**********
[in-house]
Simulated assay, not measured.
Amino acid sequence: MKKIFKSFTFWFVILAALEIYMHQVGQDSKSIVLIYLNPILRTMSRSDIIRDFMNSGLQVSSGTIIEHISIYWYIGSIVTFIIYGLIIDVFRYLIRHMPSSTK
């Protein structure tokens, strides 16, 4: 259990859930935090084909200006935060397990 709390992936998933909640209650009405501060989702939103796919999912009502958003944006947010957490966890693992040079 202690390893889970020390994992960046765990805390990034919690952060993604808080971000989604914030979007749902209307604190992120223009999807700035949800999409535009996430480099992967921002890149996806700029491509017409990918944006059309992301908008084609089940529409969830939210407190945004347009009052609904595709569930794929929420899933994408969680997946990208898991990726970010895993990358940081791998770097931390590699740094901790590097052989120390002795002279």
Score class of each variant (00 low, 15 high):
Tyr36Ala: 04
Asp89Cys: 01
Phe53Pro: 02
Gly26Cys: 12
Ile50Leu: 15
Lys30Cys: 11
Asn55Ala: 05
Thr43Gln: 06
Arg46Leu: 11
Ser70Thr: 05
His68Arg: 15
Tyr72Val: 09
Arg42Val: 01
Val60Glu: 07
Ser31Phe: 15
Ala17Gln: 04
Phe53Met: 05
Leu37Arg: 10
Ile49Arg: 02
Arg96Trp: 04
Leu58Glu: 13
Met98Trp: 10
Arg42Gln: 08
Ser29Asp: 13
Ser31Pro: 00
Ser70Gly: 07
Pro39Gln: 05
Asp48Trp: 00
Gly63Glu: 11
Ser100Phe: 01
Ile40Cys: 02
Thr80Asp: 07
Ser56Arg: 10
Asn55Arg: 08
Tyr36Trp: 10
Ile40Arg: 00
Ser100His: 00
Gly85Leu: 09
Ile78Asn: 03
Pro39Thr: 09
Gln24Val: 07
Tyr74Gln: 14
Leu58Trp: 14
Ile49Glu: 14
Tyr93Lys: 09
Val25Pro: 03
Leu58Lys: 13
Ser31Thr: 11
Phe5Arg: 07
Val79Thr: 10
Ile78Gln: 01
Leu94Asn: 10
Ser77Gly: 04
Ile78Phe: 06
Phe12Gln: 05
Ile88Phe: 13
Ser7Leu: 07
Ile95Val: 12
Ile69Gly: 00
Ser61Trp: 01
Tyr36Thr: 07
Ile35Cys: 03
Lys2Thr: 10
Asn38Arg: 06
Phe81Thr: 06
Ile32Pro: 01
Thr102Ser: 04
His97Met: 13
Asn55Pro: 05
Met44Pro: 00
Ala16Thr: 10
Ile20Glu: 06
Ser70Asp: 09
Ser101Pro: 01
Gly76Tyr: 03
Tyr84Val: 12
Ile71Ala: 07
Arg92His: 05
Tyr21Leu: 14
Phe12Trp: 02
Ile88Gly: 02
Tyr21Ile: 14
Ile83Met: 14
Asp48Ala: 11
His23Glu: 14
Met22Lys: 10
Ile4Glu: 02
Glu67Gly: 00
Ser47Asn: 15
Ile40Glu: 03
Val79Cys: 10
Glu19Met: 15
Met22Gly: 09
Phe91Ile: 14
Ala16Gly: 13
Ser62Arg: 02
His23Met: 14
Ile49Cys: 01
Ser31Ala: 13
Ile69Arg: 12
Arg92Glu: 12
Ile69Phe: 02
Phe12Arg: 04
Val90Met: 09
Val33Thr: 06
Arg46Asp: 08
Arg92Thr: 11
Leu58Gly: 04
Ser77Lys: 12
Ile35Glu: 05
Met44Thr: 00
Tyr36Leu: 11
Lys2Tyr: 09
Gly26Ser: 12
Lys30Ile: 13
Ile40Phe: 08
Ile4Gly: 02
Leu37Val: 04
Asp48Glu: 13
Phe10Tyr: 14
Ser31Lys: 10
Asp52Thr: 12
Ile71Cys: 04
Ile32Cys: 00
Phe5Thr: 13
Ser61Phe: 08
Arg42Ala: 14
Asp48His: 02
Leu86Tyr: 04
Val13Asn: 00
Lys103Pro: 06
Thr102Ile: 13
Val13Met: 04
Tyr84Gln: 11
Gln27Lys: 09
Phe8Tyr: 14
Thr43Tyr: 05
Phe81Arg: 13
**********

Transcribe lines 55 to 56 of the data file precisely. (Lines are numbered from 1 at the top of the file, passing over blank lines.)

Val79Thr: 10
Ile78Gln: 01